That isn’t the only positive steps for iSeries. Last year we saw the European scene finally come back to the UK soil and back at iSeries, it’s been a long time, but we got there, and if iSeries can keep on perhaps mounting their prize pools and perhaps re-introduce online qualifiers for teams to win free tickets to iSeries, we might see a lot more hustle and bustle from the European scene. One can only hope, as this would in turn help our scene get better on an international stage.
Christmas is usually the time for people to buy their loved ones presents and not have any money for the luxury items in life, however epic.SEVENTEEN managed to sell out on Christmas Eve, and thus meant that no more tickets could be purchased. It was a record for epic.LAN to sell out 2 months in advance, it is usually something we see when we are sitting at the bar on the Wednesday night as a team preparing to set up the event next day. I know I can’t speak for everyone, but the CS:GO community has finally rallied behind epic.LAN which is something fantastic, and I know others on the epic.LAN Management team are incredibly overwhelmed by that support.
The biggest thing to note, is that the attendance for epic.SEVENTEEN would right now break the current record set by Call Of Duty 4 (at epic.SEVEN) for the most amount of 5 man teams a tournament has managed at epic.LAN, and this is without some of the UK’s finest players. I would really argue, that epic.SEVENTEEN will be the most open LAN tournament we’ve hosted for a very long time, as there are only two or three big names in there including Team Infused, CeX and uFrag.
The biggest questions going forward really revolve around venue specific and whether there is additional space for epic.LAN to grow at the current venue, and whether there is actual demand for more space to be taken. It is a double edged sword, because of course, you need to be financially risking to increase capacity at the event. The venue itself can probably house around 1,500 participants if you take up the Sports Hall and then obviously the additional rooms to help (Portland, Fair Isle, Lakeside, Longstone, Bamburgh and many other rooms). The biggest issue of all is finances. Unsure whether people actually realise this, but epic.LAN doesn’t have cash to burn, there are stakeholders in the company who put in money to help make the events run as they do, all the management are volunteers, all the staff, are volunteers, and all the casters volunteer too. This is why epic.LAN needs sponsorships, and the catch 22 scenario plays out once again, the LAN isn’t big enough for big money to be splashed out because there isn’t enough footfall to guarantee a return on investment. It’s a grim picture when I lay it out like this.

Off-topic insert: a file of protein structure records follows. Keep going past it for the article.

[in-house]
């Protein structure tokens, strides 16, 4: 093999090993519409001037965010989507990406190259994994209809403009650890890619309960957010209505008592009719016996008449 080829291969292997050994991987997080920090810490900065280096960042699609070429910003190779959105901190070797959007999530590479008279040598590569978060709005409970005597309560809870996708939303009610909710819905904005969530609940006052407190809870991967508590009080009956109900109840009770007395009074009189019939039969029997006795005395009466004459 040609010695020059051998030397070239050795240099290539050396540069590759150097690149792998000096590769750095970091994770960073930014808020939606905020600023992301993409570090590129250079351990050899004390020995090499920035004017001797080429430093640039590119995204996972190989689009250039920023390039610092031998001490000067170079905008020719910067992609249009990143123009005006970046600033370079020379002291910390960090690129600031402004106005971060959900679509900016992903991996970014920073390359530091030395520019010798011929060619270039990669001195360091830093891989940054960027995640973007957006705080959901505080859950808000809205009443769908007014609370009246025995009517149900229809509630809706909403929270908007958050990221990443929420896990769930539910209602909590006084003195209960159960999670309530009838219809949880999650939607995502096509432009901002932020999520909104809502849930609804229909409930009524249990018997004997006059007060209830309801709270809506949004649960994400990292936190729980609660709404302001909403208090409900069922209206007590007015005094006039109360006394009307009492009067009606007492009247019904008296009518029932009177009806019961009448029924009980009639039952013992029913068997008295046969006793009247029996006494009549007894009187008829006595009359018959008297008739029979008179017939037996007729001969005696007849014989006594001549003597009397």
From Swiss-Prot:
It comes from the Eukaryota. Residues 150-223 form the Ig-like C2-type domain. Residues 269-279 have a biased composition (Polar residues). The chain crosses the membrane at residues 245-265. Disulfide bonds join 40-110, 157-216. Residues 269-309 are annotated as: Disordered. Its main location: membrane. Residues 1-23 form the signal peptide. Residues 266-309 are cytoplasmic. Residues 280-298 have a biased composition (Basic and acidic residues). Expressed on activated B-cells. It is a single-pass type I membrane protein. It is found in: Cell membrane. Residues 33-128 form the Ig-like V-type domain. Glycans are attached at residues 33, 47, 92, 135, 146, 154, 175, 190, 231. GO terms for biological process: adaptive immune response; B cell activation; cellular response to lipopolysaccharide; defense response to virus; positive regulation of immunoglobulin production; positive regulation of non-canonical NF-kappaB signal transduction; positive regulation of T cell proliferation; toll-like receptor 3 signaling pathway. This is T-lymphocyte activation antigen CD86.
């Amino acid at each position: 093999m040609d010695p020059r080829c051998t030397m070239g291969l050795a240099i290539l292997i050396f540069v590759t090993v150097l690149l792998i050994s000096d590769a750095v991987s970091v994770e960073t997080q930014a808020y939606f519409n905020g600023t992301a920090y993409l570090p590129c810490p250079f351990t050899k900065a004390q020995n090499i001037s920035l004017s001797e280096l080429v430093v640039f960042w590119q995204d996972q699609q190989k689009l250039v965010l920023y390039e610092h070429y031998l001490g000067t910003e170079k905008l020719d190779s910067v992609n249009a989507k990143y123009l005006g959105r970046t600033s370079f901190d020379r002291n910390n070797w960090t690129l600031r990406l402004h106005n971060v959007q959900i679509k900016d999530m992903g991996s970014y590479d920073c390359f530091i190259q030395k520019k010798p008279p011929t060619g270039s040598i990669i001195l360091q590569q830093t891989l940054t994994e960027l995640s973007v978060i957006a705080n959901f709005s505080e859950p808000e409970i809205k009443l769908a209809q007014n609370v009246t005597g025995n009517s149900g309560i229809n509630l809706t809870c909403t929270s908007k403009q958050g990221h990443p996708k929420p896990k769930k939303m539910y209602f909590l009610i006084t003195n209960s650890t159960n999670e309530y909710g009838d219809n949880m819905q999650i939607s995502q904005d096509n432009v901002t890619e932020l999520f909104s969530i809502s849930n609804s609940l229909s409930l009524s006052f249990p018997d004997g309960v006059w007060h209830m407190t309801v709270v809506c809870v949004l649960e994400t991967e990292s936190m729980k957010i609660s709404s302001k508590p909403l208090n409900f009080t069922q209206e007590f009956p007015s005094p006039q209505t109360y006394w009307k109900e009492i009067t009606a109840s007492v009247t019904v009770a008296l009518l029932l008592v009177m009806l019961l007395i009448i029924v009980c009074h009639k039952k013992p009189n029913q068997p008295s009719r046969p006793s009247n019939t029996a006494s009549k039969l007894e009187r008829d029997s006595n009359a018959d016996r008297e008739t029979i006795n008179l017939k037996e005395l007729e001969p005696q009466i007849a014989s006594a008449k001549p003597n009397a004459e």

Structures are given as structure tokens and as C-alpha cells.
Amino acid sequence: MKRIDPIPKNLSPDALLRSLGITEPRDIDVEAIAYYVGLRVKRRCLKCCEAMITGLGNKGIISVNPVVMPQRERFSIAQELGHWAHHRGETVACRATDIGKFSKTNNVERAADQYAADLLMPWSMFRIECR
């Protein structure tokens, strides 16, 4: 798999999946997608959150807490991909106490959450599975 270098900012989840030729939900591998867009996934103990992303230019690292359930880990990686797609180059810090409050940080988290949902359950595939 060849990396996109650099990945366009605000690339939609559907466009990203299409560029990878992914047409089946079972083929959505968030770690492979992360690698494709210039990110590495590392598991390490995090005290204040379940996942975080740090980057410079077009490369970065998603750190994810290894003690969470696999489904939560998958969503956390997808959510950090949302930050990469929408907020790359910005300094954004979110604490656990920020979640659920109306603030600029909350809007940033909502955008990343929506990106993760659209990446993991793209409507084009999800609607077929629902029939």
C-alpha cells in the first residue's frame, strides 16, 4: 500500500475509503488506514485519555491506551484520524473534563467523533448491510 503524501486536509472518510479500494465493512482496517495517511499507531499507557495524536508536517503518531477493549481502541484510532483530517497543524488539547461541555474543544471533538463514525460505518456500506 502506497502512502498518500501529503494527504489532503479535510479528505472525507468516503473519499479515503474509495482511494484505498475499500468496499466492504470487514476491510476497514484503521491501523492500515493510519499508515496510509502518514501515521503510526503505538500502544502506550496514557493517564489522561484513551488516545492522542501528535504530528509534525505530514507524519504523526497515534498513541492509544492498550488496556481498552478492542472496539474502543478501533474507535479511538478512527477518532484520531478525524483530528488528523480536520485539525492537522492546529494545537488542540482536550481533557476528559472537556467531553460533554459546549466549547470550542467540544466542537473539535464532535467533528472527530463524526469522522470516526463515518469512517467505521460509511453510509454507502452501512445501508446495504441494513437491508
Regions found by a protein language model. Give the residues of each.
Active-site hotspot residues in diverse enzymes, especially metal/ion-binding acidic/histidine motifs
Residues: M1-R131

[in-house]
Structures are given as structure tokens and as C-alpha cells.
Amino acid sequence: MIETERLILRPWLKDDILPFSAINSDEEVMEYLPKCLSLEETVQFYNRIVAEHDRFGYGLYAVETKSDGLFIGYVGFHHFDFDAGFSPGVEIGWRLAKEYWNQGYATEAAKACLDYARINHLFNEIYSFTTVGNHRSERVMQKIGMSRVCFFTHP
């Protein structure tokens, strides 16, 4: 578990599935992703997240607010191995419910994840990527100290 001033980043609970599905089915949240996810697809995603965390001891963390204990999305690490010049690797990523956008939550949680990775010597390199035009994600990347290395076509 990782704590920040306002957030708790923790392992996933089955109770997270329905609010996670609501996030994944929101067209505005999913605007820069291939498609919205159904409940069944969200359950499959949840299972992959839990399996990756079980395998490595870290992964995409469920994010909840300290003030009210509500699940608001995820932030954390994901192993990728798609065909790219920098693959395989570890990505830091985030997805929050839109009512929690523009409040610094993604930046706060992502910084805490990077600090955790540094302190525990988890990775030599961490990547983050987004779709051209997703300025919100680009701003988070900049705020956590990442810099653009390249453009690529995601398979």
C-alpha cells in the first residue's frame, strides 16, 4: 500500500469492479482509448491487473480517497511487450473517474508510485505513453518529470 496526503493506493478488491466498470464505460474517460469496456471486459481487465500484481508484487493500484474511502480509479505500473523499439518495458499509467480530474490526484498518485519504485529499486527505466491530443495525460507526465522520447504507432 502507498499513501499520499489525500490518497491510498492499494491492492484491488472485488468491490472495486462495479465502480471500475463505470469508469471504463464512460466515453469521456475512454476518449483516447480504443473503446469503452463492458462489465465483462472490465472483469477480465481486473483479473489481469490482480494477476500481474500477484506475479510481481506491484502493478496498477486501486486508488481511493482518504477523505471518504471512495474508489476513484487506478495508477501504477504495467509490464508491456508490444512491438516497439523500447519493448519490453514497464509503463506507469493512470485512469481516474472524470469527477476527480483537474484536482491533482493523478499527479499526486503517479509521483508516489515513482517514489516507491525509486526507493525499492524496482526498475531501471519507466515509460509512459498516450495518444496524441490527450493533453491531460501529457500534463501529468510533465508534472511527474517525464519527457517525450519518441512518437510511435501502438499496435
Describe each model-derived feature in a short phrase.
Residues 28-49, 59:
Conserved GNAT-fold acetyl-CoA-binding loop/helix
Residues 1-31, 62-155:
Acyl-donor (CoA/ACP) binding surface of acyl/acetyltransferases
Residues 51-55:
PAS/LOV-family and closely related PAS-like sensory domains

The big thing of course is to keep on improving the LAN as much as possible, after the issues that happened last February around the internet, epic.LAN has taken control of the venue’s internet and IT services, and of course, there will be an additional line of internet being installed soon, hopefully by February. It’s a long game, but if epic.LAN keep seeing demand, then space will have to be taken, and we hope the event continues to improve.
Of course the other big thing to boot is the recent announcement that epic.LAN will be going to produce online content for gamers on Twitch, with a wide variety of content being produced which will include guest talk shows, DJ sets, and playing games generally. This will all kick off on January 18th, so make sure you get involved and watch. This endeavour will hopefully do an array of things, which will include increasing our online presence in between events, keeping epic.LAN relevant, and producing good quality content for a wide variety of people within the eSports scene.